I am not consumed with success, but I am consumed with significance.
When the visiting preacher said these words, I typed them into my notes before pausing a moment to let their meaning have its effect. I’m surrounded by missionaries. Actually, most of the men and women around me would call themselves pastors or evangelists. It so happens that they live and minister in a country different than the one in which we sit. They are not Americans. They are Filipinos ministering to Filipinos. They are Egyptians ministering to Egyptians. They may not be the Western definition of missionary, but they are missionaries in the truest sense of the word.
Sitting among spiritual greatness like this I feel insignificant. My role here is to sing songs, lead worship. But every year I am the one being led. I open the song but feel my own emotions and voice moved to passion by the raised hands and sincere faces I see in front of me. I wonder what will be my significance?
Should I have made a drastic move like my Great-Aunt Lynnie so many years ago? Right out of high school she enrolled in nursing school. Missionary training followed. She spent 50 years in the mountains and jungles of Africa. She never married. Her mission board made her come back to America to retire at 80-something, but this was never home for her again. She was home in the Congo when the faithful men in remote villages took turns carrying her on their backs to visit the sick because her own legs had grown too old to carry her quickly. Is this significance?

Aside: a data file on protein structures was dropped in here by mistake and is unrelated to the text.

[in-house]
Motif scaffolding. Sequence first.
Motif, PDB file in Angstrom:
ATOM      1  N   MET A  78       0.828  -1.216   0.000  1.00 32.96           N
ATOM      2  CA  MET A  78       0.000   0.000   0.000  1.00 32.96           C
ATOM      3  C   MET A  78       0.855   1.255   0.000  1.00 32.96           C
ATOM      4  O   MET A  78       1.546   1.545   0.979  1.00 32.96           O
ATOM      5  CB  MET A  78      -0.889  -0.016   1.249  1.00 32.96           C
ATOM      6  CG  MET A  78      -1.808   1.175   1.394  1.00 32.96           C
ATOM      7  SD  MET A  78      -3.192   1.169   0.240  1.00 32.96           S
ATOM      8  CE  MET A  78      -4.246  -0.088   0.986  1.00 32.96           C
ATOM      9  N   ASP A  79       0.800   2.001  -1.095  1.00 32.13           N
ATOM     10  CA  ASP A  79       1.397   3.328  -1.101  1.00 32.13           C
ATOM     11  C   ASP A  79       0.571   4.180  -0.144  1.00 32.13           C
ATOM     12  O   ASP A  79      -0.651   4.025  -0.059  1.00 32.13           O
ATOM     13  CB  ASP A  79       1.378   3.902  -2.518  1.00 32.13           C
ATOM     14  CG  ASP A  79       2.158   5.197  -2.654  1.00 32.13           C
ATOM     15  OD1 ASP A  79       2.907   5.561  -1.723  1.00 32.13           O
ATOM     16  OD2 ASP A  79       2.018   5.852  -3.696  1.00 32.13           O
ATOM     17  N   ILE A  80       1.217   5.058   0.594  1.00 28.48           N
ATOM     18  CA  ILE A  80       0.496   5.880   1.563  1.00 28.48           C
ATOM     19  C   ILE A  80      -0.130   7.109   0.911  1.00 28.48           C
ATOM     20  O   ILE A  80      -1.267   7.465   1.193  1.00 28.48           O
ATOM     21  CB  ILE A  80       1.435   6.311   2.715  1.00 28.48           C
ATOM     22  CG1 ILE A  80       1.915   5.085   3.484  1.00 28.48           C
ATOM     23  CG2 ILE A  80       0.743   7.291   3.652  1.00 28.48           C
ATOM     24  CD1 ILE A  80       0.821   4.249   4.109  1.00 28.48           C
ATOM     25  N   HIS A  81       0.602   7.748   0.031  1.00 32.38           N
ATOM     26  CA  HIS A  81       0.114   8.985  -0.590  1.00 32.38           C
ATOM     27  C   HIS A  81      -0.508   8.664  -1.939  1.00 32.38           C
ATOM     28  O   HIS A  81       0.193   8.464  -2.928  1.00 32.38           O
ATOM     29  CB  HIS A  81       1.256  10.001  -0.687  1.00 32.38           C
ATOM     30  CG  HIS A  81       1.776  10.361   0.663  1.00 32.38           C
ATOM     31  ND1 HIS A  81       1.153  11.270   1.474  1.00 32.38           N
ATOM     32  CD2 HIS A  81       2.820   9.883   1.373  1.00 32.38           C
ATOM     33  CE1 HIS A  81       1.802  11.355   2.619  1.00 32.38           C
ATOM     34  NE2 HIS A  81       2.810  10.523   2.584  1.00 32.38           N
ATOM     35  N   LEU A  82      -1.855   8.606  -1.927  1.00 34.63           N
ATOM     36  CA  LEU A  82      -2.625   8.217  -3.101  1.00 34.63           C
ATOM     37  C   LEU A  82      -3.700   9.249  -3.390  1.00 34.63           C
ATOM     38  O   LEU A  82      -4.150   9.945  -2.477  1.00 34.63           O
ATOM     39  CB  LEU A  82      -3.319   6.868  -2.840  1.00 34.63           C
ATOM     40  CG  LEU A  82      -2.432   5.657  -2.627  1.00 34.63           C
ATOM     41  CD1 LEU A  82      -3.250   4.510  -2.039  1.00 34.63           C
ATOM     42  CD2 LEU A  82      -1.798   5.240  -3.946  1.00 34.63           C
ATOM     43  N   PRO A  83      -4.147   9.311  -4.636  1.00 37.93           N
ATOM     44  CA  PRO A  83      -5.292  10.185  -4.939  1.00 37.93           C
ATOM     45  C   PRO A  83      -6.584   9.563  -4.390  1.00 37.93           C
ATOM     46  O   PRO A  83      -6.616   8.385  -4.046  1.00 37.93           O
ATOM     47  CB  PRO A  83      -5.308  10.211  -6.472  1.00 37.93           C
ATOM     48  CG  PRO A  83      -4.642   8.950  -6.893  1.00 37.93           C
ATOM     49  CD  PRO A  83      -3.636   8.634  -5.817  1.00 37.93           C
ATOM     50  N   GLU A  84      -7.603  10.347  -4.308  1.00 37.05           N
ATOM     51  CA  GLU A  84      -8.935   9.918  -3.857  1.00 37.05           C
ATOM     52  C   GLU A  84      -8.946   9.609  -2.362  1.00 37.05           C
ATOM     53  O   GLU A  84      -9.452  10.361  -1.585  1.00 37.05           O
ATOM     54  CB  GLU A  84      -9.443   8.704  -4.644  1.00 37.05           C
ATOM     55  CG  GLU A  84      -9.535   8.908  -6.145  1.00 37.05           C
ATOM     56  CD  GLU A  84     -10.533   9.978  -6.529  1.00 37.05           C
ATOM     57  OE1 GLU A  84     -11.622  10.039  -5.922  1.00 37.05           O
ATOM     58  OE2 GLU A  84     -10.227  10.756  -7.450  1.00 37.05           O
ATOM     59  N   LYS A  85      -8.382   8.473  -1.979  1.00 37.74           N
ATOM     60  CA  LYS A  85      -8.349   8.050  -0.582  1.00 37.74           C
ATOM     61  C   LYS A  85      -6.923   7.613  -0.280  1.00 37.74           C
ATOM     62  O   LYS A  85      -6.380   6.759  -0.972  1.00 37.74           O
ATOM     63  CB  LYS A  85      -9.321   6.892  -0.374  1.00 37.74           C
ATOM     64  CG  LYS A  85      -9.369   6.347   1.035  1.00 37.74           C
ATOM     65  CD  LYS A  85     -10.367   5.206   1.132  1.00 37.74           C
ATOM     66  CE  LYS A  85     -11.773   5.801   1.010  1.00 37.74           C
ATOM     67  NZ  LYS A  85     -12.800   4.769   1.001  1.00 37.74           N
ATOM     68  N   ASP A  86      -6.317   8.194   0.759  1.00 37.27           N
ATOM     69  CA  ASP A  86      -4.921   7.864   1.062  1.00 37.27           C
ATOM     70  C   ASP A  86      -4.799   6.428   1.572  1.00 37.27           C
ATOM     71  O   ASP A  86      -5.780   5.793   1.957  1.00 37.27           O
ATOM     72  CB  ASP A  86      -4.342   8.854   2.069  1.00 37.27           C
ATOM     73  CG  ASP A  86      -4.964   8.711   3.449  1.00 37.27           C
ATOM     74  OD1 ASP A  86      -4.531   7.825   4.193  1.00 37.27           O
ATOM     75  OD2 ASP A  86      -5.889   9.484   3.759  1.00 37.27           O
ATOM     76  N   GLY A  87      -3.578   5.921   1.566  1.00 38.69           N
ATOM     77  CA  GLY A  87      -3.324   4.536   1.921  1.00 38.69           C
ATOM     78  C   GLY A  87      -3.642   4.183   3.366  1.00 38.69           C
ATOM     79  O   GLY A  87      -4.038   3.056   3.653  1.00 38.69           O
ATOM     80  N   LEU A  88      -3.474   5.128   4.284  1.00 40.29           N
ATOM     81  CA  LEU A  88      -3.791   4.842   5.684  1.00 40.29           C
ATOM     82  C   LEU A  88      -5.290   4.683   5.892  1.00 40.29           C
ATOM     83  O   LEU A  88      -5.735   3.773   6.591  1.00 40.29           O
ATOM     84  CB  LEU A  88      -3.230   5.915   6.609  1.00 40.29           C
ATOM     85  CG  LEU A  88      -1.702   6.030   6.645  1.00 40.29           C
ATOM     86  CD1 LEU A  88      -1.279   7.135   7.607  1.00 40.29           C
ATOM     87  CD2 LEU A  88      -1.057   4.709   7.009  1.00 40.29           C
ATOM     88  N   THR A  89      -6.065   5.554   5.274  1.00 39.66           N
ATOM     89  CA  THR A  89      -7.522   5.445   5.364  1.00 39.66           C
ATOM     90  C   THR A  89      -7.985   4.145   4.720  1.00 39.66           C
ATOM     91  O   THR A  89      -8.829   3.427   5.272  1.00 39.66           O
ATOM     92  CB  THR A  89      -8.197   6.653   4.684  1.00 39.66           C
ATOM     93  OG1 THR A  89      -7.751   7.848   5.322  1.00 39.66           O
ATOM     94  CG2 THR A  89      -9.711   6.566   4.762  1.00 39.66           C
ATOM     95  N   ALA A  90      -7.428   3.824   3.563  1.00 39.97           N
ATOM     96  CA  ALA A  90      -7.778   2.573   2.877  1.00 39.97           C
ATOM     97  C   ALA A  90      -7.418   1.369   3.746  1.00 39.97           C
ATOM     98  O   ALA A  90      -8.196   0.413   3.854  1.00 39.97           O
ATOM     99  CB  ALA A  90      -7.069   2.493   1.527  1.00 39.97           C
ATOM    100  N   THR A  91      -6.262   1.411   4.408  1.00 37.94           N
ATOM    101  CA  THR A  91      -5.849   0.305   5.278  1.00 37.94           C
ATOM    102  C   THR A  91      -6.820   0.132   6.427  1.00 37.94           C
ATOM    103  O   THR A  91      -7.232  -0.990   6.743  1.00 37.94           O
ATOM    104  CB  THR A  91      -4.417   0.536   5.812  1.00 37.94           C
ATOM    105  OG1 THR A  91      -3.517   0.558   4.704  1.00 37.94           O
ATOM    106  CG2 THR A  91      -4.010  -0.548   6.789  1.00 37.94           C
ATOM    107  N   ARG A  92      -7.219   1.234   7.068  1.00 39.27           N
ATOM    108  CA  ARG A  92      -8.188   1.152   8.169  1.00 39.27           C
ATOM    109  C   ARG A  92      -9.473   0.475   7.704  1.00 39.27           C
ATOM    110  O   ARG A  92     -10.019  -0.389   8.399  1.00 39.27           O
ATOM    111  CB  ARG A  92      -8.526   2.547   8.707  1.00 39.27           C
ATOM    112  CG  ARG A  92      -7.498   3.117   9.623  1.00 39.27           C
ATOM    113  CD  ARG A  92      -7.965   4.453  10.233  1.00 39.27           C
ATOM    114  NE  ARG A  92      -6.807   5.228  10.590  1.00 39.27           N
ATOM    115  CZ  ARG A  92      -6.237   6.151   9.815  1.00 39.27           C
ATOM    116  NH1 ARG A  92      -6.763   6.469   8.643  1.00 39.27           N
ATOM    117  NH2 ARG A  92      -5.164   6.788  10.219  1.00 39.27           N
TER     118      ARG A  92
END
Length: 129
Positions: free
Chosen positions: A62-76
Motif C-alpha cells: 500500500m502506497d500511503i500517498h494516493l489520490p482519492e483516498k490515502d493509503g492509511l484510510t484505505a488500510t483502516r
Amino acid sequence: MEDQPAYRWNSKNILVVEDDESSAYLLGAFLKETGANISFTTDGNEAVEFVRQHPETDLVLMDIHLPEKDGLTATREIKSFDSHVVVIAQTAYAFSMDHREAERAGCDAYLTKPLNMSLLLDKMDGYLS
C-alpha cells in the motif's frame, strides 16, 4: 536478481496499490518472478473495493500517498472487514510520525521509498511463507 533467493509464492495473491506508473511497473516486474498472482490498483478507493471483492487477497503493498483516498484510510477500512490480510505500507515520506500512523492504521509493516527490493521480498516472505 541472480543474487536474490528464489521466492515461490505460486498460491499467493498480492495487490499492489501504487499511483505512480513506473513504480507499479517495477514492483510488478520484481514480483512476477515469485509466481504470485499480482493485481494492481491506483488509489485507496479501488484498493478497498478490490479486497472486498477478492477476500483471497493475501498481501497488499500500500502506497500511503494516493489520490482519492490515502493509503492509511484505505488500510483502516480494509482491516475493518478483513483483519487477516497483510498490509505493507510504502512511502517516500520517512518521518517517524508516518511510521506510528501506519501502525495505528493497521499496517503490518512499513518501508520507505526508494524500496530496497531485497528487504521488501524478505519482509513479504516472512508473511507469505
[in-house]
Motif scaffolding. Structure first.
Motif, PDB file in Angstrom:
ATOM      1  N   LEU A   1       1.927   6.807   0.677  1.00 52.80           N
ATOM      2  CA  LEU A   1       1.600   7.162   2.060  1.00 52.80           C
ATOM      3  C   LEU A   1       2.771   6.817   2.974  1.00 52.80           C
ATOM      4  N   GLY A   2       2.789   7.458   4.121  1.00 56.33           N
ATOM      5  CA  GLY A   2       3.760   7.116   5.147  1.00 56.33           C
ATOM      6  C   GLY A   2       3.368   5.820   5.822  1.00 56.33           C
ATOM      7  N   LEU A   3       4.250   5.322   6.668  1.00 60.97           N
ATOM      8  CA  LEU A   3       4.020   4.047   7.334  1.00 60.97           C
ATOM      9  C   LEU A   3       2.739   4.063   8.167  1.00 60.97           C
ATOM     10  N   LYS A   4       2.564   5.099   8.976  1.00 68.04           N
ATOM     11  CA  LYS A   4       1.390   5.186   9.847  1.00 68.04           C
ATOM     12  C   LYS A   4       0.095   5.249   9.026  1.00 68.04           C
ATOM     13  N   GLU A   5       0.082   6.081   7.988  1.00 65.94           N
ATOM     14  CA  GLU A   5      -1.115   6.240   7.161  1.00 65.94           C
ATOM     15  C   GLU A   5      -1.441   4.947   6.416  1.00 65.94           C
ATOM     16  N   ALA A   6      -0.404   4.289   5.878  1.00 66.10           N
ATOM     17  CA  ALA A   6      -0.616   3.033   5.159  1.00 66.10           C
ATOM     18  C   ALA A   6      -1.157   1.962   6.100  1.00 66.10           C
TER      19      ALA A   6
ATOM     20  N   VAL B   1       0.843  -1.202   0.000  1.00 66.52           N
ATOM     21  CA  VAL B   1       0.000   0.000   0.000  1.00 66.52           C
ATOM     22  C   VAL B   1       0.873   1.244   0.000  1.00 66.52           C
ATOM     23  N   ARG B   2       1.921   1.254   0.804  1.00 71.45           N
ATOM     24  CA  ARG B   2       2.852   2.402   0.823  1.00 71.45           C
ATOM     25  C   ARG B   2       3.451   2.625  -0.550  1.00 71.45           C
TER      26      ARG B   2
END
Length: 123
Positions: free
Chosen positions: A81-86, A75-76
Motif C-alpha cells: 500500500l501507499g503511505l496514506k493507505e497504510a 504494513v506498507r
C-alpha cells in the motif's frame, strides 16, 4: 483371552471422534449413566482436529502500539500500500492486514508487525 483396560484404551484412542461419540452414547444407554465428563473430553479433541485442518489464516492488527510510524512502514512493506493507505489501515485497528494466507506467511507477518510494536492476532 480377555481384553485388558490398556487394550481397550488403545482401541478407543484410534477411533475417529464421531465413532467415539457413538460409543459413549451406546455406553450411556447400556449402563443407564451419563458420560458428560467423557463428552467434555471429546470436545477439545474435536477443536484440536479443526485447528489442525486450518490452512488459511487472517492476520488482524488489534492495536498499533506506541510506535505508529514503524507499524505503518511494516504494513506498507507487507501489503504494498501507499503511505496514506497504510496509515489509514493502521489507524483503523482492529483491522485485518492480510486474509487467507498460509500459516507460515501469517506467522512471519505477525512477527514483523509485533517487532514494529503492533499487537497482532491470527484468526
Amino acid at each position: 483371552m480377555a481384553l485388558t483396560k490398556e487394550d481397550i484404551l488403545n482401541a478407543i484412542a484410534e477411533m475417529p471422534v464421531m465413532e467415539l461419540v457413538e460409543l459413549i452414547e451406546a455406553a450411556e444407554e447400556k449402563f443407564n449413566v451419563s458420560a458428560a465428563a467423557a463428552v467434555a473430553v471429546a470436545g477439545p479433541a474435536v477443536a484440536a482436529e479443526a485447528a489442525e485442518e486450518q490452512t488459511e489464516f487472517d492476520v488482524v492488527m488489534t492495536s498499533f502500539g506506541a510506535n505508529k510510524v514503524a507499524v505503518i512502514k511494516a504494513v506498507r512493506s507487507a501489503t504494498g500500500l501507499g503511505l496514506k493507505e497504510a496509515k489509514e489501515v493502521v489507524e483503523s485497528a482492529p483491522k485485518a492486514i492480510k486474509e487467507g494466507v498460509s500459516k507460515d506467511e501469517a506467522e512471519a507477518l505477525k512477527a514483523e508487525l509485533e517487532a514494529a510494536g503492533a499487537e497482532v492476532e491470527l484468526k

Perhaps I am more like my Grandpa Nickerson. When he was a young man he asked God what he should do with his life. Should he go into the ministry? Perhaps support a missionary or a special project? God simply replied to my grandfather’s heart, “Be a good husband and father.” He did that. In a legacy that includes 4 children, 18 grandchildren, and too many great-grandchildren to count, not one of us has walked away from Christian traditions of faith. Not one. Is this significance?
What is your definition of significance? How will you know you have achieved it?